Différance: A term coined by the Algerian-born French theorist of deconstruction Jacques Derrida to show that words are only the deferred presences of the things they “mean”; that every meaning invokes others in a never-ending string of connotations; and that the meaning of words is grounded in both their difference from and relationship to other words. Différance is a neologism that puns on the French verb différer, which can mean either “to differ” or “to defer,” a double meaning Derrida used to demonstrate the impossibility of arriving at a determinate — that is, single and definitive — interpretation of language, particularly literary language. Derrida first introduced the term in his book La voix et le phénomène (Speech and Phenomena) (1967) and subsequently elaborated on it in a lecture and essay titled “Différance” (1968).
Drawing on the theories of Swiss linguist Ferdinand de Saussure, Derrida argued that the quest for meaning — an effort we undertake whenever we read or listen to something — is endless. As Saussure pointed out, the relationship between a word (the signifier) and what it signifies (the signified) is always arbitrary, and a single word, or signifier, can connote any number of different signifieds. Moreover, each signifier has connotations that themselves have connotations, making every signified another signifier. As a result, according to Derrida, meaning is continually deferred as we seek to differentiate among an array of interpretive choices and to negotiate the gap between an ever increasing number of signifiers and signifieds.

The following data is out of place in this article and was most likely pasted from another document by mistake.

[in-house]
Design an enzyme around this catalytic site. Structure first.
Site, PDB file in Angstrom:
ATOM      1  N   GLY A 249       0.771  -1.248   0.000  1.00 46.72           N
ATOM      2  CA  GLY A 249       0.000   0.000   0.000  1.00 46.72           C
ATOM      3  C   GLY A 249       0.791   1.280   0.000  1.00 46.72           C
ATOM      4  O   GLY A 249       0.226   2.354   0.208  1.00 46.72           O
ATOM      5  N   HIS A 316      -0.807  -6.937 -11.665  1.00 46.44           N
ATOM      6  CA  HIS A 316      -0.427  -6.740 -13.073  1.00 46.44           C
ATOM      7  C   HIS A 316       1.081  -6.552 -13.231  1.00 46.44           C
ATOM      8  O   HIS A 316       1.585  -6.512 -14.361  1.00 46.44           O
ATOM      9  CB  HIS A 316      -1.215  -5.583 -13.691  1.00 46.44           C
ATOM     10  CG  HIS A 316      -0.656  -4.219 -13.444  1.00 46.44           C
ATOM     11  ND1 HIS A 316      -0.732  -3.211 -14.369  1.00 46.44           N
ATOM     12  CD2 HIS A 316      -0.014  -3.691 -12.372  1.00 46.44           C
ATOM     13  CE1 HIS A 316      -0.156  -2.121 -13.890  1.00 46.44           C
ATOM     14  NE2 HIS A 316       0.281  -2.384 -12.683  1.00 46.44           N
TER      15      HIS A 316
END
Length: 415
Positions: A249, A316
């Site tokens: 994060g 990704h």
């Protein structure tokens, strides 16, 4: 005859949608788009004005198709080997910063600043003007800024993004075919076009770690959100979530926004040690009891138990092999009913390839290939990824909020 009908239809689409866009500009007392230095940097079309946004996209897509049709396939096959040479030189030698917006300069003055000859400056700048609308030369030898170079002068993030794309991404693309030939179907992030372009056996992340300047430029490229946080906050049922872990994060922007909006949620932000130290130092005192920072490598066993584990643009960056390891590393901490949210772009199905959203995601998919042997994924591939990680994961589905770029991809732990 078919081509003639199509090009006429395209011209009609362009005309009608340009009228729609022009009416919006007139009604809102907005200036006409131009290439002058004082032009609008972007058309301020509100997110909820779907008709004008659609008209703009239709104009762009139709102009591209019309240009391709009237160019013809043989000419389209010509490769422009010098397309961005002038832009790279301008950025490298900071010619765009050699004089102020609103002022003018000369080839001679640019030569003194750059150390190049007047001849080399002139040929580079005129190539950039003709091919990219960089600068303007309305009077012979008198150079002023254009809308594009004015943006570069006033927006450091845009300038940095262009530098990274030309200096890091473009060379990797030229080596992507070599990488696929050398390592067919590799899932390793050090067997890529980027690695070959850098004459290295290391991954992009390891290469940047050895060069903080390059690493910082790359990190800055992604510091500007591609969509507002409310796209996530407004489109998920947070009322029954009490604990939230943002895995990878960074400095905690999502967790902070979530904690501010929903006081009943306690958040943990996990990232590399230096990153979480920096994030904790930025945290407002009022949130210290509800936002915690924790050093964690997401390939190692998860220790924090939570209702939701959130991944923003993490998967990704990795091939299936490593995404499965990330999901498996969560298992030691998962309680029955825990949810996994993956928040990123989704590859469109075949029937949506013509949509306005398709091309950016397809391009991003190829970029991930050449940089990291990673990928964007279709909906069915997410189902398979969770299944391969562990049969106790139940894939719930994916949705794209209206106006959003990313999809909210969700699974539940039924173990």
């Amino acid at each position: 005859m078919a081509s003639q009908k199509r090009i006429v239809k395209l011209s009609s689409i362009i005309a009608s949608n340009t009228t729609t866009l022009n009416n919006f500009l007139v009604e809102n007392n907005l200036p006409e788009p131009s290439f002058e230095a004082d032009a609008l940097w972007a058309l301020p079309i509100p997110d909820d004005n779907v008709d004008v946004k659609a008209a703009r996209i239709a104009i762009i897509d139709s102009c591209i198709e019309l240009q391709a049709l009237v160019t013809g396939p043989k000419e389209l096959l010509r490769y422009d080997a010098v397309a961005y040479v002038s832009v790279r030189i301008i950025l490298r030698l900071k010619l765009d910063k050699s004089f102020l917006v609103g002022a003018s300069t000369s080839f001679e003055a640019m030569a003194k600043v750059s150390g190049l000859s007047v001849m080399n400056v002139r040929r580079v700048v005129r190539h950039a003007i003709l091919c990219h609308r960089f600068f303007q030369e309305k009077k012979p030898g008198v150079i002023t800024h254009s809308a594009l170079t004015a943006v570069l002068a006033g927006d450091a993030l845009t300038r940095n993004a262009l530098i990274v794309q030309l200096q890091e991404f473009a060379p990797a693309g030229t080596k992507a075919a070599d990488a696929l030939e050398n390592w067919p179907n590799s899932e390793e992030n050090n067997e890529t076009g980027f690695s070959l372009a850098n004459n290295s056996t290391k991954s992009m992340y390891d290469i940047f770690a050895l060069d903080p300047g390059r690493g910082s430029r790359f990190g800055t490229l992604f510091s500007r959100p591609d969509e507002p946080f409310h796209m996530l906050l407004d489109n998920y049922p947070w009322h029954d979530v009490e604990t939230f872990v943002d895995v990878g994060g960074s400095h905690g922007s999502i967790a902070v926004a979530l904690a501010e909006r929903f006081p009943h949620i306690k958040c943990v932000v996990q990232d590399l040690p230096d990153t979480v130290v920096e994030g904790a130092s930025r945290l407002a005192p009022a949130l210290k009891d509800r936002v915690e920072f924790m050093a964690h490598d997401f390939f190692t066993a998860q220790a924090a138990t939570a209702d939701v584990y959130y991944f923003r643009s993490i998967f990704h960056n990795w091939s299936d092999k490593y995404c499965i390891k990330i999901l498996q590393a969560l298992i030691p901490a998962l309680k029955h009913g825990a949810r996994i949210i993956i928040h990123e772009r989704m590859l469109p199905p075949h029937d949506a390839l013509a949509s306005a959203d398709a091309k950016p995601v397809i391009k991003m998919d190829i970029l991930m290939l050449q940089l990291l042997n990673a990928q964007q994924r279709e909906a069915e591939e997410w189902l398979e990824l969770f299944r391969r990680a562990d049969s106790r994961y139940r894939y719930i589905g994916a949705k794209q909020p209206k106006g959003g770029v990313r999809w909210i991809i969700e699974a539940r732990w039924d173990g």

The term différance also suggests the French noun différence, meaning “difference.” The distinction between the homonyms différance and différence is one that can be seen in written French but not heard in the spoken language, a point that Derrida used to subvert, or “deconstruct,” the privileging of speech and presence over writing and absence in logocentric Western metaphysics, which understands Creation to have taken place when a present God spoke the words “Let there be light.”